TUESDAY, JUNE 3, 2014
Ruminations on the so-called gold standard: We’ll be looking at NAEP scores for the next several weeks during our series, “Our month of the gaps.”
This raises a basic question: Can NAEP scores be trusted?
We’d be inclined to say yes, with a few reservations.
In recent years, a great deal of fraud has occurred in the nation’s state-by-state, “high stakes” testing programs. For what it’s worth, no one has been on the cheating beat any longer than we have.
We first approached the Baltimore Sun about outright cheating on standardized tests in 1971 or 1972. We’ve pursued a series of other such episodes over the past forty years.
Cheating scandals have been common of late. With that in mind, can NAEP scores be trusted?
We’d be inclined to say yes.
In its 43 years of operation, the NAEP has never been a high-stakes test. Teachers and principals have nothing at stake in the results of these tests.
Beyond that, the NAEP is run by competent people, and it’s adequately funded. Often, this hasn’t seemed to be the case with our state-run tests.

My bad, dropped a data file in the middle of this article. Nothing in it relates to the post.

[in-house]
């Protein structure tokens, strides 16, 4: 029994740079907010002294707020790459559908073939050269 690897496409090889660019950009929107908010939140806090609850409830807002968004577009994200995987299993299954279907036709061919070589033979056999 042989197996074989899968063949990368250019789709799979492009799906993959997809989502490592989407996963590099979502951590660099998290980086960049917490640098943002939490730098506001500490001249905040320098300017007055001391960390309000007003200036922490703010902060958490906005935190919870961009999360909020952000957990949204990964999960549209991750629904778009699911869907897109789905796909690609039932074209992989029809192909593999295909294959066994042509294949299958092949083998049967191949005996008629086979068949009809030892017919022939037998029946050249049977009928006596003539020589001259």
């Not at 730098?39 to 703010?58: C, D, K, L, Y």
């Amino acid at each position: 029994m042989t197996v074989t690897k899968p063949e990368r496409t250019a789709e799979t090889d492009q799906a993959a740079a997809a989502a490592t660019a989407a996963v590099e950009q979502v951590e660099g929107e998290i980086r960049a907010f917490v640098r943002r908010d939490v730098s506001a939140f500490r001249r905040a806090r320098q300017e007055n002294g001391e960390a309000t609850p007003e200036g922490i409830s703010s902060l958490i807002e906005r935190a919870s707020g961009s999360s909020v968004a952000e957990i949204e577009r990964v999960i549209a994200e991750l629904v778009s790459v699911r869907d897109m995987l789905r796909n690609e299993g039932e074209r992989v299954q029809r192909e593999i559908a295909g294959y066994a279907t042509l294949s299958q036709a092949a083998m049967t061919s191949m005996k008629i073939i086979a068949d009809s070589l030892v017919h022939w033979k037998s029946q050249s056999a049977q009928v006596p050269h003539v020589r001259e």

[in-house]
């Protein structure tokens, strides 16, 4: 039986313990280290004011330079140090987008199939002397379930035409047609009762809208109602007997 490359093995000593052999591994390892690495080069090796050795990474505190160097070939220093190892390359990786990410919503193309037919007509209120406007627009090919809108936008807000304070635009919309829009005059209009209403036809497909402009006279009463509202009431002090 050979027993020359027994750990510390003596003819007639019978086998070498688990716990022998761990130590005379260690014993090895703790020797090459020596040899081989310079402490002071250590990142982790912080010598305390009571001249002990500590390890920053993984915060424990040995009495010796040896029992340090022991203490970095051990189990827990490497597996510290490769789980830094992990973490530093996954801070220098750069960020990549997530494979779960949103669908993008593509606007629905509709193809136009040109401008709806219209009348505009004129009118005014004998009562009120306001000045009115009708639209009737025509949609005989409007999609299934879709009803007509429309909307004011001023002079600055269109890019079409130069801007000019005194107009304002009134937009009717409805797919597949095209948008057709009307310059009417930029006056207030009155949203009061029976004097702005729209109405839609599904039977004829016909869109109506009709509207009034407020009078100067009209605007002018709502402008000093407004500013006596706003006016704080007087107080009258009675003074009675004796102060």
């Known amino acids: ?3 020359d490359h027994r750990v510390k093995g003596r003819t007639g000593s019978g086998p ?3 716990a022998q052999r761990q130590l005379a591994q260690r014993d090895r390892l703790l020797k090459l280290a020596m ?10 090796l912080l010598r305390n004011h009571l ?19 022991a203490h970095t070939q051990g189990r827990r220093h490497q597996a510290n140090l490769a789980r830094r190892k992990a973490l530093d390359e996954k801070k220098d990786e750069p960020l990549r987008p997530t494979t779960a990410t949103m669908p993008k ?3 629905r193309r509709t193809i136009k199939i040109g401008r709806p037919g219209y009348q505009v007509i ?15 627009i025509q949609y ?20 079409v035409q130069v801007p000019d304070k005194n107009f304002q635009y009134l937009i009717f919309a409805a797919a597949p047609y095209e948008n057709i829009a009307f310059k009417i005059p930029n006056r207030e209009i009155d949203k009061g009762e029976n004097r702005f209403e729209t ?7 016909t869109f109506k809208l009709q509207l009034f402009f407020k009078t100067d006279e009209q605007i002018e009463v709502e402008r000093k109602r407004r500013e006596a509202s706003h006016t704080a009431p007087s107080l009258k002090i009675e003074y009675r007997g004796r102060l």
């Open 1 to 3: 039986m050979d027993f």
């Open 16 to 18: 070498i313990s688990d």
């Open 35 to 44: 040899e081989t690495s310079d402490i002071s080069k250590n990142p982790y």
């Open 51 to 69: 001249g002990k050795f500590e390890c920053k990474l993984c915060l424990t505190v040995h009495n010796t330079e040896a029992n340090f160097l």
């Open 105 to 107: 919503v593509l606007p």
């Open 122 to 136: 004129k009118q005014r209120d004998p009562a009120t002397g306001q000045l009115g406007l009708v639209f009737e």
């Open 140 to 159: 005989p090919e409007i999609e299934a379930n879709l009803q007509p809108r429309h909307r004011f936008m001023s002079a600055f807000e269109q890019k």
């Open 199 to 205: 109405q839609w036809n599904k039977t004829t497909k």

For these reasons, the NAEP has always been described as the “gold standard” of domestic testing. We do have one potential concern.
In the last decade, the NAEP has emerged into the public eye. As a result, state superintendents do have something to gain, or something to lose, if a state does unusually well on the NAEP, or unusually poorly.
Can state superintendents put their thumbs on the scale as the NAEP selects its statewide samples of students for testing? If so, someone is going to monkey around with the statewide sample at some point—or someone already has.
In recent years, the state of Maryland has eliminated a very high number of students from the testing, part of a state’s prerogative under certain technical guidelines. The state scored well with its sample of students pared down in this way. This produced little discussion.
The nation’s press corps should have examined these questions long ago. In truth, little real reporting is done by the nation’s education reporters. They mainly exist to recite elite scripts about the stagnant scores in our failing schools—scripts which fly in the face of the actual data emerging from the NAEP.
Everybody praises the NAEP—and no one reports what the NAEP data show! We’ll be using NAEP data for the next several weeks.
They’re the only real data we have.